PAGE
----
Helping low-income immigrants and refugees pass their U.S. citizenship interview is all in a day's work for Marissa Graf.

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CITIZENSHIP AND ESL INSTRUCTOR
Marissa Graff

What do you do? I teach low-income immigrants and refugees how to pass their citizenship interview. I have students from Vietnam, Burma, Cambodia, Eritrea, Somalia, Ethiopia, the Congo, Uganda, Iraq, Romania and the Ukraine, just to name a few! My students learn American history, geography and government designed for English language learners. I also work with them to improve their basic English skills like reading, writing and speaking. With the help of case managers, my students also apply for naturalization.

How did you get started in that field? I taught English abroad in Slovakia, South Korea and Poland for four years. I loved working with people from all over the world and teaching. My experience living abroad showed me what it was like to live somewhere with a different culture and language than I was used to. I wanted to work with immigrants and help them become self-sufficient and make the U.S. their home. My friend actually sent me the position at Neighborhood House and told me to apply. I am really grateful she did.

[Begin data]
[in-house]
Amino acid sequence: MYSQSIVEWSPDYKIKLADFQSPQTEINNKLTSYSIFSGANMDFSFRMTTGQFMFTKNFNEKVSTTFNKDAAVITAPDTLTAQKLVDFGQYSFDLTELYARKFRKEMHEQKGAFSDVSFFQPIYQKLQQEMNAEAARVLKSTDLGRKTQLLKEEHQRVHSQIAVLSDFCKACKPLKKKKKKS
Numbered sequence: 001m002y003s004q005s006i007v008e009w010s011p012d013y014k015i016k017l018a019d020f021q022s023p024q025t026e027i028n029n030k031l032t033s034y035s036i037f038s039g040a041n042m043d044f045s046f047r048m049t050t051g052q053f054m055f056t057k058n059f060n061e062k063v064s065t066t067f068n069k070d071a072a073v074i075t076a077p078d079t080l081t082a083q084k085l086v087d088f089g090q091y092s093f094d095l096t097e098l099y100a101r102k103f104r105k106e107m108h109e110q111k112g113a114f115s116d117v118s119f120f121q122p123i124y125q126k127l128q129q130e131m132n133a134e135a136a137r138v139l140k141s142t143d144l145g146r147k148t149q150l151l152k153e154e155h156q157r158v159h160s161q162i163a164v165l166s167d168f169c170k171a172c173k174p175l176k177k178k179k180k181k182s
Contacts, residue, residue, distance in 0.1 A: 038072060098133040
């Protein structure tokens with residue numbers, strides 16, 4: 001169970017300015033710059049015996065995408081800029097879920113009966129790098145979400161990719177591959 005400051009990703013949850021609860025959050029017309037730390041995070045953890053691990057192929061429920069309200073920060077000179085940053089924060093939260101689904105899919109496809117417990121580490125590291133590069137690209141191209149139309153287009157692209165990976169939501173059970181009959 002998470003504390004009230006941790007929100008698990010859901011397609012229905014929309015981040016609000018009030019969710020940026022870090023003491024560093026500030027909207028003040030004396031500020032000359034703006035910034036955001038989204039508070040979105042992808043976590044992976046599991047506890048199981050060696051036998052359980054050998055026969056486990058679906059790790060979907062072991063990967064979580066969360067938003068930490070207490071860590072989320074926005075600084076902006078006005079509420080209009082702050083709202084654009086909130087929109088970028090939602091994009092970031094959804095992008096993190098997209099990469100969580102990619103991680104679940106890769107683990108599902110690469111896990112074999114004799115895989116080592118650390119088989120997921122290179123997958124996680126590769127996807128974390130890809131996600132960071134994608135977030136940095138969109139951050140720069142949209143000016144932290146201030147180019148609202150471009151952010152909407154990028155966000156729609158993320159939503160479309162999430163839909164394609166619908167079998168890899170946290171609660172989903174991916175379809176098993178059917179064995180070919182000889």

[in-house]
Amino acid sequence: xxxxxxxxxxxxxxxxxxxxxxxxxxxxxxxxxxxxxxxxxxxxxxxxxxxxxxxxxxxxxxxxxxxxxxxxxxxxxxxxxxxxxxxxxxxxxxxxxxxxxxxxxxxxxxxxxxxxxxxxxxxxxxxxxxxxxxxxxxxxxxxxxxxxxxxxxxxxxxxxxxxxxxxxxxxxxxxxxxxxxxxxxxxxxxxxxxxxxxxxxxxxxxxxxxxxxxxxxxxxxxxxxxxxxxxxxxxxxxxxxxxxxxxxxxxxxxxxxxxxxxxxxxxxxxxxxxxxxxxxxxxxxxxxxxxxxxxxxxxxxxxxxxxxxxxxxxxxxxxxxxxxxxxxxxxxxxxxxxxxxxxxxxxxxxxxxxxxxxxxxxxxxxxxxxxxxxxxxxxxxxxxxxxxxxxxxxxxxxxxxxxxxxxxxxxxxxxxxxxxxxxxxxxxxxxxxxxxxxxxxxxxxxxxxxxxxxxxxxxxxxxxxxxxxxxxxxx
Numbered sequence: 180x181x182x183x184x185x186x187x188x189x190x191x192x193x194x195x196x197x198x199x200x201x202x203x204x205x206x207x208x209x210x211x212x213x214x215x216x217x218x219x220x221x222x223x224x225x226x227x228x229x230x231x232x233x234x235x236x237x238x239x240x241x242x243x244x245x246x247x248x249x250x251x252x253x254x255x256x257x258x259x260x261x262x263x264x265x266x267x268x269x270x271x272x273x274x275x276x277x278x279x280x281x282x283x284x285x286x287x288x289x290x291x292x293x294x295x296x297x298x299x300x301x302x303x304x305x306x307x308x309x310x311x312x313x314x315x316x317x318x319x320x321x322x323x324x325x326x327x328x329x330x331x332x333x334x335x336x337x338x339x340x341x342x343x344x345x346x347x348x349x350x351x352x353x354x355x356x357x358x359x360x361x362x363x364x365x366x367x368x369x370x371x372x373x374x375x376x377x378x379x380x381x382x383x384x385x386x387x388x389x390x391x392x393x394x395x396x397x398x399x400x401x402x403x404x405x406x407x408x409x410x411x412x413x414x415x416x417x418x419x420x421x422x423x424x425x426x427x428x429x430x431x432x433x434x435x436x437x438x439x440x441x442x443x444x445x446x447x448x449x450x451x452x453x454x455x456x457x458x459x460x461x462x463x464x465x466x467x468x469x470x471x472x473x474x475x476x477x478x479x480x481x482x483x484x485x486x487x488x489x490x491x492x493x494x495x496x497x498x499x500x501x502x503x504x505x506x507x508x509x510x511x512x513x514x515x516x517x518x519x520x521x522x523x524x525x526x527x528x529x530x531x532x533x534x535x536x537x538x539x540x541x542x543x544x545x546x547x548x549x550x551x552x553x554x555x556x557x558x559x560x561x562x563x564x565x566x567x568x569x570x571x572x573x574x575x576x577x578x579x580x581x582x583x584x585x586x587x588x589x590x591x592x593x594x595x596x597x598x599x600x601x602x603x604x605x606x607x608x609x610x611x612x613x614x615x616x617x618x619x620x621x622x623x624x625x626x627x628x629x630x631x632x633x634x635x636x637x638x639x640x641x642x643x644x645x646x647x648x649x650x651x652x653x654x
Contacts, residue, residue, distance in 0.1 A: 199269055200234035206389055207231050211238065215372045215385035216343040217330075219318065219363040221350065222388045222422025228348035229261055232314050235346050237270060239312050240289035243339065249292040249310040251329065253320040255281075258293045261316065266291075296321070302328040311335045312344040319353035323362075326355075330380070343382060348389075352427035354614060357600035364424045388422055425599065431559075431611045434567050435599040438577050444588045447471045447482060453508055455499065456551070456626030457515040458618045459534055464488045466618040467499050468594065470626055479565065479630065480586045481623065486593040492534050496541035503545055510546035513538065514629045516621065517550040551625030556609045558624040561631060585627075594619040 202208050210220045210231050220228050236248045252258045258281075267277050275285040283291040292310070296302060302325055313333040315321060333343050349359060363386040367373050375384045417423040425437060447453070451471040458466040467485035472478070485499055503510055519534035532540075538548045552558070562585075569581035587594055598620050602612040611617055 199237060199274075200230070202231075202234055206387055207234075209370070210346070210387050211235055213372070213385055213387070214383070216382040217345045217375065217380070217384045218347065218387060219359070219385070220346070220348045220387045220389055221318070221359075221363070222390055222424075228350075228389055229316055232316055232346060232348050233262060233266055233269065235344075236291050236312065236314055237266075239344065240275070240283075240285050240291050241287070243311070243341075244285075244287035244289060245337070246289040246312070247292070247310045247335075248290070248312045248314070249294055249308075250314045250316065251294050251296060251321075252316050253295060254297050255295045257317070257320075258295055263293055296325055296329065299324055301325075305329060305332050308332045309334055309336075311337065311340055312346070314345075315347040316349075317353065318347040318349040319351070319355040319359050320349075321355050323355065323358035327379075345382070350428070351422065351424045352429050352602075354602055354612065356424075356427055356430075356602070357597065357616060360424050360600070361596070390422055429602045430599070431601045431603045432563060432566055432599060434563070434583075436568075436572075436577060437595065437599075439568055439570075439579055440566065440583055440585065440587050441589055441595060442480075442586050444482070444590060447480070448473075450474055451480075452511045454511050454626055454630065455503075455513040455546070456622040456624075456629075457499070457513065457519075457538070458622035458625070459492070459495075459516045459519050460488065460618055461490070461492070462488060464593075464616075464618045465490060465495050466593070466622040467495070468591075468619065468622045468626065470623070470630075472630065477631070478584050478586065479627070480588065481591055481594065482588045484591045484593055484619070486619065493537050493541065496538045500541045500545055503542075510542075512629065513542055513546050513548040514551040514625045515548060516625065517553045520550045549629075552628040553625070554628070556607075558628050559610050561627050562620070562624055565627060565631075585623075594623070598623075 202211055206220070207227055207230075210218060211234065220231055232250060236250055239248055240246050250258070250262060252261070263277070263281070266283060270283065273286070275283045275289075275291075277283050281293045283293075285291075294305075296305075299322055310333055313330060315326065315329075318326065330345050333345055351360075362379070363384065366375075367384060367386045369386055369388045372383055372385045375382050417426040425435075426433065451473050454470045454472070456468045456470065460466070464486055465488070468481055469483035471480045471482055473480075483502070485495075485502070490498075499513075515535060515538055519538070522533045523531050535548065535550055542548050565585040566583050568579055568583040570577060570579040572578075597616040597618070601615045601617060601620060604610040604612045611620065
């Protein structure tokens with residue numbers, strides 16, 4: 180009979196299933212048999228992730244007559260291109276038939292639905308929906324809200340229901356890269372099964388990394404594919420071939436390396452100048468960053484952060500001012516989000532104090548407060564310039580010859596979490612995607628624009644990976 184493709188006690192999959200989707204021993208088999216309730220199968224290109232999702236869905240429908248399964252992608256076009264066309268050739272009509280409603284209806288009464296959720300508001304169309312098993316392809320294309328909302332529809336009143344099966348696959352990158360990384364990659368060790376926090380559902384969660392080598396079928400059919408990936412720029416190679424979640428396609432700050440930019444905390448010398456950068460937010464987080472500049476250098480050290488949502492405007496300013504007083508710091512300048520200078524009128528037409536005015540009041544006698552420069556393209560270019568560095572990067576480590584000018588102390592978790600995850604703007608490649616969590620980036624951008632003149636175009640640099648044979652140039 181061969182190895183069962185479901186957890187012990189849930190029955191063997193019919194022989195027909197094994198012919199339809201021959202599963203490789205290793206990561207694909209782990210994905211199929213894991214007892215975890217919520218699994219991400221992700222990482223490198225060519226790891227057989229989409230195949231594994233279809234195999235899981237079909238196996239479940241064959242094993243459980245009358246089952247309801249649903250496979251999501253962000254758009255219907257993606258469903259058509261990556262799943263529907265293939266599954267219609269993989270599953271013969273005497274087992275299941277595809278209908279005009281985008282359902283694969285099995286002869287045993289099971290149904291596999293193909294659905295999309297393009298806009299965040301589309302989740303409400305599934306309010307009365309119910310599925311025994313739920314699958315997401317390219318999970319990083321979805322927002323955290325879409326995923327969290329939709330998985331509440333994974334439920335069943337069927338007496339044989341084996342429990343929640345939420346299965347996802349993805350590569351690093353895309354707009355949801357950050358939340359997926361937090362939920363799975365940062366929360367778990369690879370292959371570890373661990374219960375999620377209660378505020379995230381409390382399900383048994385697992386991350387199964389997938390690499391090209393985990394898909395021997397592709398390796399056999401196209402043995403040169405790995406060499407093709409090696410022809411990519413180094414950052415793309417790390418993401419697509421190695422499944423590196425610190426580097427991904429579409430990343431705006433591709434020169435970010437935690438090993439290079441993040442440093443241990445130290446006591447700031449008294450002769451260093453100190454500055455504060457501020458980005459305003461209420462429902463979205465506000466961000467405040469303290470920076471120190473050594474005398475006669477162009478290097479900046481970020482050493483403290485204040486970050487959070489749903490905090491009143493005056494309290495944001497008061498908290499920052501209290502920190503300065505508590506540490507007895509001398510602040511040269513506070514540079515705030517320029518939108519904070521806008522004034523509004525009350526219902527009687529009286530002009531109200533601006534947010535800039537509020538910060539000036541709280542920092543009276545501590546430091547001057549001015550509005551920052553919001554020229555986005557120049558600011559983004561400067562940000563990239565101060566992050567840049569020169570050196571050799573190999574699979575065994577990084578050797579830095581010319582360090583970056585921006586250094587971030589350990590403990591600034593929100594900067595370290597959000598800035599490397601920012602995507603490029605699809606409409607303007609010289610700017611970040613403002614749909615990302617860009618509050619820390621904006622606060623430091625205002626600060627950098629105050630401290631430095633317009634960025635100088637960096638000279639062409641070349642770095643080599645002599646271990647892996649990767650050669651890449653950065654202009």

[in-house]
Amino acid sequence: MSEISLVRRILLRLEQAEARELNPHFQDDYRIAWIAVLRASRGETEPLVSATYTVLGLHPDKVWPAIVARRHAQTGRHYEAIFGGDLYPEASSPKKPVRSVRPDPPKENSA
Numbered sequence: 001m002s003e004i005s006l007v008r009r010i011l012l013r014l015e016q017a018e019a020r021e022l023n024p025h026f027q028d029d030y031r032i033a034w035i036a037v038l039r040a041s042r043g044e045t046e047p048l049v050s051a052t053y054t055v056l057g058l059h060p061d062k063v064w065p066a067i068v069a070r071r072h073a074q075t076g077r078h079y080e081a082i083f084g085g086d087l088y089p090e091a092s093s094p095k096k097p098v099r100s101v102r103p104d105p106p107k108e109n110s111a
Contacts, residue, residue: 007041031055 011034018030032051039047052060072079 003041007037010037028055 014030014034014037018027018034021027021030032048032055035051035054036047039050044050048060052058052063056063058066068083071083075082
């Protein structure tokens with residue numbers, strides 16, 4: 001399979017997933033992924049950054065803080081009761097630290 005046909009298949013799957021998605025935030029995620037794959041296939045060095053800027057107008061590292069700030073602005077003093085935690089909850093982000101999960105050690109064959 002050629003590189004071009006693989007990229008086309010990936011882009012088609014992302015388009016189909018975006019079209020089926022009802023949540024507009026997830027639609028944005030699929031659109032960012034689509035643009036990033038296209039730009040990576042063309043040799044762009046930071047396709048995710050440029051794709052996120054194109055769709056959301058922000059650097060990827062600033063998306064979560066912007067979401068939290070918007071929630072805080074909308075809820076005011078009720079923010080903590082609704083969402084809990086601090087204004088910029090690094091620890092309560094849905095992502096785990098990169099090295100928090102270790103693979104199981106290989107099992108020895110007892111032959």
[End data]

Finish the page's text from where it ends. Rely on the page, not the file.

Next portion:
What’s a typical day like? Every morning is different at my job, especially because I work at different locations (Greenbridge, Birch Creek and High Point). In the mornings I go over lessons plans, enroll new students, coordinate with case managers and volunteers, do individual tutoring and call students to check in. In the afternoon, I teach two classes. Even though I go over the same material in my classes, each one is always different due to my students. They keep me on my toes!

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What’s the best part of the job? The best part of my job is when someone becomes a citizen. No matter what country they are from or what they have been through, the students are always so happy and so proud of themselves. They know they worked hard and are now seeing their effort pay off. After working in this job for over a year, I still am so happy and excited when a student passes — that feeling hasn’t worn off!

What surprises people about your job? How hard the test to become an American citizen is. My students have to be prepared to correctly answer 100 possible questions about U.S. history and government. This surprises many people who are born here, as they often aren’t aware that you need to take a test to become a U.S. citizen; what’s more, the questions are so difficult that most struggle to answer even half the history and government questions correctly!

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